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Why Algae Farming is Not Scalable or Profitable


A recent press release from Sapphire Energy sparked conversations about the long-term sustainability of algae farming (turning algae into energy) in the Southwestern United States. Sapphire’s plan is to construct a “green crude” farm near Columbus, New Mexico, which will supply 1.5 MM Gallons of green crude per year.

To kick off this ambitious project, Sapphire has collected several million dollars from the Department of Energy, Bill Gates and other sources. A recent Penn Energy article stated Sapphire has constructed a cultivation area with two ponds; one is 1.1 acres, the other is 2.2 acres and both are 1/8 of a mile long. This makes the 300 acre algae impoundment the largest of its kind in the world. They have acquired the requisite filtering, piping, pumping and collection equipment needed to run the operation.

The algae ponds are “inoculated” with CO2 to accelerate the growth process. The resulting green crude can supposedly be refined to the same ASTM standards as light black crude for products like jet fuel, gasoline and diesel. The company’s “Phase 1” goal is to produce 1.5 million gallons of green crude per year by 2015.


If my math is correct, that comes out to 35,714 BBls in one year. There are oilfields all over the world that produce that much crude in one day, let alone one year! At $95/BBl, one year’s worth of green crude would sell for $3.4 million. I am the first person to acknowledge the potential in renewable energy. If managed properly, it will help to reduce our reliance on foreign oil. However, with figures like these, I have to use the same argument against green crude (slime) that I have against wind, solar and french fry grease; we do not currently have the funding to grow, sustain and make this kind of renewable “revolution” profitable. The oil industry took over 140 years to get where it is today. Why should we believe renewables can usurp the oil industry in just a few short years?

Algae Biofuel Flowchart
There is a reason most funding sources are not willing to invest billions when green technology is unproven and unprofitable, except maybe the US government. Solyndra, anyone??

Another rather inconvenient truth about green crude development is scalability. Its production ties up too much land to make it economically feasible. A recent article in Nature titled “Exploiting diversity and synthetic biology for the production of algal biofuels” is rather enlightening. According to the piece, a similar green crude pond farm could be scaled up to 30 million hectares. Again – Really? A single professional baseball diamond is around 1 hectare. So, you’re telling me a fully-scaled green crude farm would take up as much land as 30 million professional baseball fields? How would you like to negotiate the lease on that?! This 30 million hectares would deliver 1200 billion liters of green crude, which equates to the entire current US daily hydrocarbon load or 20.7 Million BBls of crude per day. I won’t even comment on the absurd usage of liquid units here.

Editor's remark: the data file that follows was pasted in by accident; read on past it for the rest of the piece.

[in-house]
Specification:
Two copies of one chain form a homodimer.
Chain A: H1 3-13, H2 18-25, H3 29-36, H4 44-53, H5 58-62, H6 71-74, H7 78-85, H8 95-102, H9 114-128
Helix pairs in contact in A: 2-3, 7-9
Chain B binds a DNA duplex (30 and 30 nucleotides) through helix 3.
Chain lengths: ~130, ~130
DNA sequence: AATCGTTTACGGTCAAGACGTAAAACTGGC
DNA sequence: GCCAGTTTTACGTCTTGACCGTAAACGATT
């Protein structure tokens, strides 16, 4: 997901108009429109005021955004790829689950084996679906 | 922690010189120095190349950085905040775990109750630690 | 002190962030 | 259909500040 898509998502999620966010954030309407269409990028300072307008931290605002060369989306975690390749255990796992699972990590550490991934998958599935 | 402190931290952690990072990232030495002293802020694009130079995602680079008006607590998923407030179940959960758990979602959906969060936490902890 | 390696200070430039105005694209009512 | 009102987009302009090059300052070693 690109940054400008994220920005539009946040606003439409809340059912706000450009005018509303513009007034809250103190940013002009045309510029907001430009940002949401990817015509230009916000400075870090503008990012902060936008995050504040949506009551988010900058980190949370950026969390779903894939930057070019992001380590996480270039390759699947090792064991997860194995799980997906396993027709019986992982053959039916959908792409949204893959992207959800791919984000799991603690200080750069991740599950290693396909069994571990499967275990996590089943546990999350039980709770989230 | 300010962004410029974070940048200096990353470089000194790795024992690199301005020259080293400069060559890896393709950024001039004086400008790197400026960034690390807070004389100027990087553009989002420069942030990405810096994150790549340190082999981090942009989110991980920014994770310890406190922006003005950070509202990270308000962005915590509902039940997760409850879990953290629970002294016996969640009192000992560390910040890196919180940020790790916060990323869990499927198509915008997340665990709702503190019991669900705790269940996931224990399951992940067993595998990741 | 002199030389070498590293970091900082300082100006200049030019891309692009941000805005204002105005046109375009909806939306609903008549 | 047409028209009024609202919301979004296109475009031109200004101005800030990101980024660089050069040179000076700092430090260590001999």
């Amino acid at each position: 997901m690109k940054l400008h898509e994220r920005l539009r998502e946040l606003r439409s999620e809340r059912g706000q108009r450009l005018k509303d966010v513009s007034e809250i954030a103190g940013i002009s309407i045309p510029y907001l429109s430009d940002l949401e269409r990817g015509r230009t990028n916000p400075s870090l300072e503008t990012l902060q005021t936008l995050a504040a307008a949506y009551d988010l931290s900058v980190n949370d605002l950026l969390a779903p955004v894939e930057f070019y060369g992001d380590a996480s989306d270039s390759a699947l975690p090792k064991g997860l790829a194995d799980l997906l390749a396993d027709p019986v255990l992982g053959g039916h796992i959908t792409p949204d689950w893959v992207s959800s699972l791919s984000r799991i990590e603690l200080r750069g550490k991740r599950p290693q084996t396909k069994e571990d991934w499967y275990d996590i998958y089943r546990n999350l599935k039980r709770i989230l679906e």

Continental Resources Wells - NW/SW North DakotaBut, to the uninitiated, these numbers can sound pretty impressive. So, to put this in perspective, I looked at a recent Drillinginfo presentation that contained a passage from Harold Hamm at Continental Resources. He stated they leased 1 MM acres (net) in the Bakken oil formation, from which they delineated 3500 well locations. If you err on the cautious side and assume an EUR/well of 450,000 BBls/well, you would yield a total of 1.575 Billion BBls of crude oil. And, it would come from only 1 MM acres, or about 1/74th of the area needed for the hypothetical green crude farm.

The numbers don’t lie. It’s time to double-down on the unconventionals that are energizing the world and “let it ride”. Not only does it make financial sense, but it makes environmental sense too. Thanks to the natural gas explosion, we have been able to retire a number of coal fire power plants over the last 6-8 years. As a result, the United States has already returned its greenhouse gas emissions to pre-1992 levels, without adopting the Kyoto Protocol. If our pipeline infrastructure can keep up with the oil and gas output load from fully utilized unconventionals, we could put a significant dent in our oil imports and, in turn, greatly cut our trade imbalance. We could then start working on our crippling debt. And, once that’s all taken care, it might finally be time to say, “Let’s go green!”

What do you think? Can renewables make sense with today’s economy and technology? Is there a viable market for green crude today? Or, are companies like Sapphire wasting precious capital in the energy economy? Leave your thoughts in the comments below.

David Anderson is Drillinginfo’s Senior Technical Advisor for Engineering Products. He works with our development teams to help ensure we create quality products that meet the rigorous demands of engineers in the patch. In his nearly 30 years in Oil & Gas, he has worked onshore and offshore in Wireline Logging, Post Logging, Reserves Management and International Business Development. David received his Bachelor of Science in Geology from Grand Valley State University. Follow him on Twitter @SportzDavid

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